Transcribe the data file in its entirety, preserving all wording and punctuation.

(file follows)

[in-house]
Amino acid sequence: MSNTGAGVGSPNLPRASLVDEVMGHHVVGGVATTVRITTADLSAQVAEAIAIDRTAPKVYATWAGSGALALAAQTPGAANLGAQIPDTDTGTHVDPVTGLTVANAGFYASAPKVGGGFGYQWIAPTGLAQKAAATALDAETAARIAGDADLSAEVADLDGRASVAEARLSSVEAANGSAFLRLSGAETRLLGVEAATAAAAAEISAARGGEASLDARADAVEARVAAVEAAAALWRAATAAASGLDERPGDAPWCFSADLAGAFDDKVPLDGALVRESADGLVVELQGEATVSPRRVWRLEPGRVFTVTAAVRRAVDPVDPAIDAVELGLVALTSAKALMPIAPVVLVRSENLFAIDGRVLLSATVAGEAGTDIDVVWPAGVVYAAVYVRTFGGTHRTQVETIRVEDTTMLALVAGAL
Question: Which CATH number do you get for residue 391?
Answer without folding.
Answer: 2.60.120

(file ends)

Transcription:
[in-house]
Amino acid sequence: MSNTGAGVGSPNLPRASLVDEVMGHHVVGGVATTVRITTADLSAQVAEAIAIDRTAPKVYATWAGSGALALAAQTPGAANLGAQIPDTDTGTHVDPVTGLTVANAGFYASAPKVGGGFGYQWIAPTGLAQKAAATALDAETAARIAGDADLSAEVADLDGRASVAEARLSSVEAANGSAFLRLSGAETRLLGVEAATAAAAAEISAARGGEASLDARADAVEARVAAVEAAAALWRAATAAASGLDERPGDAPWCFSADLAGAFDDKVPLDGALVRESADGLVVELQGEATVSPRRVWRLEPGRVFTVTAAVRRAVDPVDPAIDAVELGLVALTSAKALMPIAPVVLVRSENLFAIDGRVLLSATVAGEAGTDIDVVWPAGVVYAAVYVRTFGGTHRTQVETIRVEDTTMLALVAGAL
Question: Which CATH number do you get for residue 391?
Answer without folding.
Answer: 2.60.120